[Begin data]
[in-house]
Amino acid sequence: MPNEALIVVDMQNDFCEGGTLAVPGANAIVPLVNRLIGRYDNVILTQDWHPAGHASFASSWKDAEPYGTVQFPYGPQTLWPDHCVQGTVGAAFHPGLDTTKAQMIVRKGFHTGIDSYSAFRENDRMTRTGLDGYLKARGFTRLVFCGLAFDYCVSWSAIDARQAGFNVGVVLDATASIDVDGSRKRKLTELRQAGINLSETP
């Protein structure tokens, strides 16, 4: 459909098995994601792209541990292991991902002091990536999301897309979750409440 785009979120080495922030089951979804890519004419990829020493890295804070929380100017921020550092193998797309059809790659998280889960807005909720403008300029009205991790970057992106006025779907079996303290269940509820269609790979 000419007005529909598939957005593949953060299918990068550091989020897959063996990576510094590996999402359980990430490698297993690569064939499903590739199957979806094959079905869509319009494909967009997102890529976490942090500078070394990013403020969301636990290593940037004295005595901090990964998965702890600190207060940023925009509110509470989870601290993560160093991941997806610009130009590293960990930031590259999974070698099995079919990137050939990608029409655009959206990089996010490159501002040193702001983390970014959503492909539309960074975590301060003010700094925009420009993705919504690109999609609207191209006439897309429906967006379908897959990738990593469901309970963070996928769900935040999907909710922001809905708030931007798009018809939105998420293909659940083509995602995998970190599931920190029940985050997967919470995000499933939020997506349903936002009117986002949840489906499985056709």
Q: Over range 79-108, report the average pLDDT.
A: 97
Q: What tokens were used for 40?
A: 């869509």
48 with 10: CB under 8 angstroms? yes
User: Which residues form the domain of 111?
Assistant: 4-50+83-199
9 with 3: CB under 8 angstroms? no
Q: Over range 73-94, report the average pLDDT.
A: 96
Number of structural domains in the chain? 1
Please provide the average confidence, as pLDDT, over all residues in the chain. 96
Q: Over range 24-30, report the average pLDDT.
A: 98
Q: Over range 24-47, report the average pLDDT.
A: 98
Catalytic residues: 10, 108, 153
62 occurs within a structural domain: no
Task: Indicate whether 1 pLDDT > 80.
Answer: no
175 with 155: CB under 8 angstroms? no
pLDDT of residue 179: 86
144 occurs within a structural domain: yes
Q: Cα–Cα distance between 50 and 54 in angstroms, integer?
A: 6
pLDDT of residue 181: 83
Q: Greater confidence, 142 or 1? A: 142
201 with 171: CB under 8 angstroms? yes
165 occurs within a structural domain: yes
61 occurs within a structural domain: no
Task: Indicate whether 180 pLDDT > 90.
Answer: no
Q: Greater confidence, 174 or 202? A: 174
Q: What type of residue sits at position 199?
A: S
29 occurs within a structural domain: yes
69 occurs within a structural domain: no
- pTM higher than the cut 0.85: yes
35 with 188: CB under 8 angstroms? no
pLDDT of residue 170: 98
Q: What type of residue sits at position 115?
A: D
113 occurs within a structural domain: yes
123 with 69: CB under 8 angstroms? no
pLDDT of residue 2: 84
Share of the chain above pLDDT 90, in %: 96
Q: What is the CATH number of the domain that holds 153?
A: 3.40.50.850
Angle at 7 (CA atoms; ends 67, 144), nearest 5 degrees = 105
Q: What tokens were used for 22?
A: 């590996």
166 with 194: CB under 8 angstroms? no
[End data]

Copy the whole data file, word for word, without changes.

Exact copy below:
[in-house]
Amino acid sequence: MPNEALIVVDMQNDFCEGGTLAVPGANAIVPLVNRLIGRYDNVILTQDWHPAGHASFASSWKDAEPYGTVQFPYGPQTLWPDHCVQGTVGAAFHPGLDTTKAQMIVRKGFHTGIDSYSAFRENDRMTRTGLDGYLKARGFTRLVFCGLAFDYCVSWSAIDARQAGFNVGVVLDATASIDVDGSRKRKLTELRQAGINLSETP
């Protein structure tokens, strides 16, 4: 459909098995994601792209541990292991991902002091990536999301897309979750409440 785009979120080495922030089951979804890519004419990829020493890295804070929380100017921020550092193998797309059809790659998280889960807005909720403008300029009205991790970057992106006025779907079996303290269940509820269609790979 000419007005529909598939957005593949953060299918990068550091989020897959063996990576510094590996999402359980990430490698297993690569064939499903590739199957979806094959079905869509319009494909967009997102890529976490942090500078070394990013403020969301636990290593940037004295005595901090990964998965702890600190207060940023925009509110509470989870601290993560160093991941997806610009130009590293960990930031590259999974070698099995079919990137050939990608029409655009959206990089996010490159501002040193702001983390970014959503492909539309960074975590301060003010700094925009420009993705919504690109999609609207191209006439897309429906967006379908897959990738990593469901309970963070996928769900935040999907909710922001809905708030931007798009018809939105998420293909659940083509995602995998970190599931920190029940985050997967919470995000499933939020997506349903936002009117986002949840489906499985056709």
Q: Over range 79-108, report the average pLDDT.
A: 97
Q: What tokens were used for 40?
A: 């869509």
48 with 10: CB under 8 angstroms? yes
User: Which residues form the domain of 111?
Assistant: 4-50+83-199
9 with 3: CB under 8 angstroms? no
Q: Over range 73-94, report the average pLDDT.
A: 96
Number of structural domains in the chain? 1
Please provide the average confidence, as pLDDT, over all residues in the chain. 96
Q: Over range 24-30, report the average pLDDT.
A: 98
Q: Over range 24-47, report the average pLDDT.
A: 98
Catalytic residues: 10, 108, 153
62 occurs within a structural domain: no
Task: Indicate whether 1 pLDDT > 80.
Answer: no
175 with 155: CB under 8 angstroms? no
pLDDT of residue 179: 86
144 occurs within a structural domain: yes
Q: Cα–Cα distance between 50 and 54 in angstroms, integer?
A: 6
pLDDT of residue 181: 83
Q: Greater confidence, 142 or 1? A: 142
201 with 171: CB under 8 angstroms? yes
165 occurs within a structural domain: yes
61 occurs within a structural domain: no
Task: Indicate whether 180 pLDDT > 90.
Answer: no
Q: Greater confidence, 174 or 202? A: 174
Q: What type of residue sits at position 199?
A: S
29 occurs within a structural domain: yes
69 occurs within a structural domain: no
- pTM higher than the cut 0.85: yes
35 with 188: CB under 8 angstroms? no
pLDDT of residue 170: 98
Q: What type of residue sits at position 115?
A: D
113 occurs within a structural domain: yes
123 with 69: CB under 8 angstroms? no
pLDDT of residue 2: 84
Share of the chain above pLDDT 90, in %: 96
Q: What is the CATH number of the domain that holds 153?
A: 3.40.50.850
Angle at 7 (CA atoms; ends 67, 144), nearest 5 degrees = 105
Q: What tokens were used for 22?
A: 């590996």
166 with 194: CB under 8 angstroms? no